Rationality and ideology

As a larger issue, in the social sciences of recent decades, I think of belief in rationality and "rational choice modeling" as conservative, both in the sense that many of the researchers in this area are politically conservative and in the sense that rationality is somehow associated with "cold-hearted" or conservative attitudes on cost-benefit analyses. But at the same time, quantitative empirical work has been associated with left-leaning views--think of Brown v. Board of Education, or studies of income and health disparities. There's a tension here, because in the social sciences, the people who can understand the technical details of empirical statistical work are the ones who can understand rational choice modeling (and vice versa). So I see all this stuff and keep getting bounced back and forth.

(I'm sure lots has been written about this--these ideas are related to a lot of stuff that Albert Hirschman has written on--and I'd appreciate relevant references, of course. Especially to empirical studies on the topic.)



"Women's Work: The First 20,000 Years" is one of the coolest books I've ever read, and so I was thrilled to find that Elizabeth Wayland Barber has just come out with a new book (coauthored with her husband, Paul Barber), "When They Severed Earth from Sky : How the Human Mind Shapes Myth". This one's also fascinating. The topic this time is myths or, more generally, stories passed along orally, sometimes for thousands of years. No statistical content here (unless you want to think of statistics very generally as an "information science"; there is in fact some discussion about the ways in which information can be encoded in a way that can be remembered in stories), so it's hard for me to evaluate their claims, but it all seems reasonable to me.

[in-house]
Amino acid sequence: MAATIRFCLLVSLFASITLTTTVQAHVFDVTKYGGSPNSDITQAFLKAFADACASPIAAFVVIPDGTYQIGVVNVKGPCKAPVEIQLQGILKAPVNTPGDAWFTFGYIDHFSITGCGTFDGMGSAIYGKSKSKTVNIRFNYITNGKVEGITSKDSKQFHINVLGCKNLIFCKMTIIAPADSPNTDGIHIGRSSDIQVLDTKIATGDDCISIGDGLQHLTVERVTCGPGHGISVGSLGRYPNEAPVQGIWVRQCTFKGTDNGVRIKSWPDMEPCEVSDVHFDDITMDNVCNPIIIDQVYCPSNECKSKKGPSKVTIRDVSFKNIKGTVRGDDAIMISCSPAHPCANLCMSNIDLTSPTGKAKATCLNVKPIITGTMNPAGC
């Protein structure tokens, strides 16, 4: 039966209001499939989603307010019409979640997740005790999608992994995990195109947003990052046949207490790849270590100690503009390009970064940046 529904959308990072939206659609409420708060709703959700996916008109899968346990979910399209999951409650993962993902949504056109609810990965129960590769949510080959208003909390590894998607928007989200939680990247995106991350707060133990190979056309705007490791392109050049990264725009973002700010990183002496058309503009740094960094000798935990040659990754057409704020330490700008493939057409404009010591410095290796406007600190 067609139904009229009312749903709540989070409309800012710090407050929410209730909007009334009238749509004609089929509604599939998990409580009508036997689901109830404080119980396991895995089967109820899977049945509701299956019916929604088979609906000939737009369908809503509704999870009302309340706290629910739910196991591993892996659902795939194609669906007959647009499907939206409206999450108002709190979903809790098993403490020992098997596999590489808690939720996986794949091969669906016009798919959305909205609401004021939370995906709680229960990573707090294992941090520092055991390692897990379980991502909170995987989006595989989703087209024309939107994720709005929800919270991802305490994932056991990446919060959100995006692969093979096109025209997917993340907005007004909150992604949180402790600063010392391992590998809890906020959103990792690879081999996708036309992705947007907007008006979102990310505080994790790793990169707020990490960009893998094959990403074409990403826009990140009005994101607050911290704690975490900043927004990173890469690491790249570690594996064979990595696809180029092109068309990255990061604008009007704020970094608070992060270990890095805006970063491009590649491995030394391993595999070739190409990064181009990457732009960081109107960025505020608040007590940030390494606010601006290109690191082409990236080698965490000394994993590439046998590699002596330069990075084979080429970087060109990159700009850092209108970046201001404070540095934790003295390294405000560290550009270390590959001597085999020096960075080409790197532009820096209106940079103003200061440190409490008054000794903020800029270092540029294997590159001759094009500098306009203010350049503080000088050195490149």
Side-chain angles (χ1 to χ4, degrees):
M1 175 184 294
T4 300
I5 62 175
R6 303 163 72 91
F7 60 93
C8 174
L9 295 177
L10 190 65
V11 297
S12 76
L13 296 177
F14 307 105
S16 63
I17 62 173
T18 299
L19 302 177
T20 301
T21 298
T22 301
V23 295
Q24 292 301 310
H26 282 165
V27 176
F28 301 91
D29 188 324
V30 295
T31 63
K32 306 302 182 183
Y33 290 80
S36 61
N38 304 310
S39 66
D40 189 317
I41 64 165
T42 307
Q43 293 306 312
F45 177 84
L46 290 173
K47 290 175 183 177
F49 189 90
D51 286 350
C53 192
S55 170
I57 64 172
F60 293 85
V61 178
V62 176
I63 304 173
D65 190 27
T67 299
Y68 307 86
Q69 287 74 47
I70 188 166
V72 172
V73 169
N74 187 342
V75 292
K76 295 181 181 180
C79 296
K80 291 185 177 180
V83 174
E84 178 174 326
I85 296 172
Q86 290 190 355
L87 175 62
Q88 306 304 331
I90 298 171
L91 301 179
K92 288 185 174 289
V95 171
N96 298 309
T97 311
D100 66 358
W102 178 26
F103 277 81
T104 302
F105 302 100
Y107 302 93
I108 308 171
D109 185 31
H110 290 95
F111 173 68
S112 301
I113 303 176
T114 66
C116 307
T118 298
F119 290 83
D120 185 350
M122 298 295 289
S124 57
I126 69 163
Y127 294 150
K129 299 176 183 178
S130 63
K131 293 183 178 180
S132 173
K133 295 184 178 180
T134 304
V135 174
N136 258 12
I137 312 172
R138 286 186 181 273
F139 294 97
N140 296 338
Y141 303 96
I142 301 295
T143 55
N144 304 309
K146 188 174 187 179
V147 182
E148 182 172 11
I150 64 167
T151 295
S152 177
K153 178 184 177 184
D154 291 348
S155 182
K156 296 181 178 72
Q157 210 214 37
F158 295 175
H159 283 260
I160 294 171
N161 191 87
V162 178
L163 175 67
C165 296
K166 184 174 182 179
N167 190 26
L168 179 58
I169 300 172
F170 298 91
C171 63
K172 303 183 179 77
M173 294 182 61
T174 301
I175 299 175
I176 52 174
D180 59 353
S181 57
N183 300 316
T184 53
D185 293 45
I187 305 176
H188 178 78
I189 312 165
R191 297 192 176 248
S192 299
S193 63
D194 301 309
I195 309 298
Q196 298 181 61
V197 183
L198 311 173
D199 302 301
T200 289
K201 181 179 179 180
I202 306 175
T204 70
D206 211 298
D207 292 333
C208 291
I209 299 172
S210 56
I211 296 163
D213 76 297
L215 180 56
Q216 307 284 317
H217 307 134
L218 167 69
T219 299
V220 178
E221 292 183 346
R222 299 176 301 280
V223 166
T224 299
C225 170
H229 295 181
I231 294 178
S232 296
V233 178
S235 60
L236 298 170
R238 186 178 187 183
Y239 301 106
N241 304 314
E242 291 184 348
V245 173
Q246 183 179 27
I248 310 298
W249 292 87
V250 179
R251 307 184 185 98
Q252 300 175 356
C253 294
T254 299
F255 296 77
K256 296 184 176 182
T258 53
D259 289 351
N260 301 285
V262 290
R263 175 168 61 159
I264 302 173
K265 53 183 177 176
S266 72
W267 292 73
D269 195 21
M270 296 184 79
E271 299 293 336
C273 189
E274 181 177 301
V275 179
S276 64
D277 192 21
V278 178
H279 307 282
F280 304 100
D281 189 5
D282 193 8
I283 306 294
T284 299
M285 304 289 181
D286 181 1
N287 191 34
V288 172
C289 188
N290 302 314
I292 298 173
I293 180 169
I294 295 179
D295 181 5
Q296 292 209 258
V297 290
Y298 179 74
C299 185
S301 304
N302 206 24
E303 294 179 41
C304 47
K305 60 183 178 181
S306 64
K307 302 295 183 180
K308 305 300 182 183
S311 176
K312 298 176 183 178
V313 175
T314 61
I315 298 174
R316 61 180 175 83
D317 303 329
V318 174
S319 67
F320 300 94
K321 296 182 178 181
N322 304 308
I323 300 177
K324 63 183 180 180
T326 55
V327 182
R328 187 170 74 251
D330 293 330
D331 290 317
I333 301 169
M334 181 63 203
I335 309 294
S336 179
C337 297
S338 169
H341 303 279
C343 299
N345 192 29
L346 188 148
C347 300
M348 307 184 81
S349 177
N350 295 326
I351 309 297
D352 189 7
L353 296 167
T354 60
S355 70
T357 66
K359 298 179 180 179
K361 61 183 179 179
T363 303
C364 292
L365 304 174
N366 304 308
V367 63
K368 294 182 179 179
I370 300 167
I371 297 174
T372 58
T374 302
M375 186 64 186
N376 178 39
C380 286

Having read this book, I have a much better sense of the sense in which these stories can be informative without being literally true (in fact, without referring to any real persons in many cases).

Parent to children asset transfers

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A few words to complement what has been said: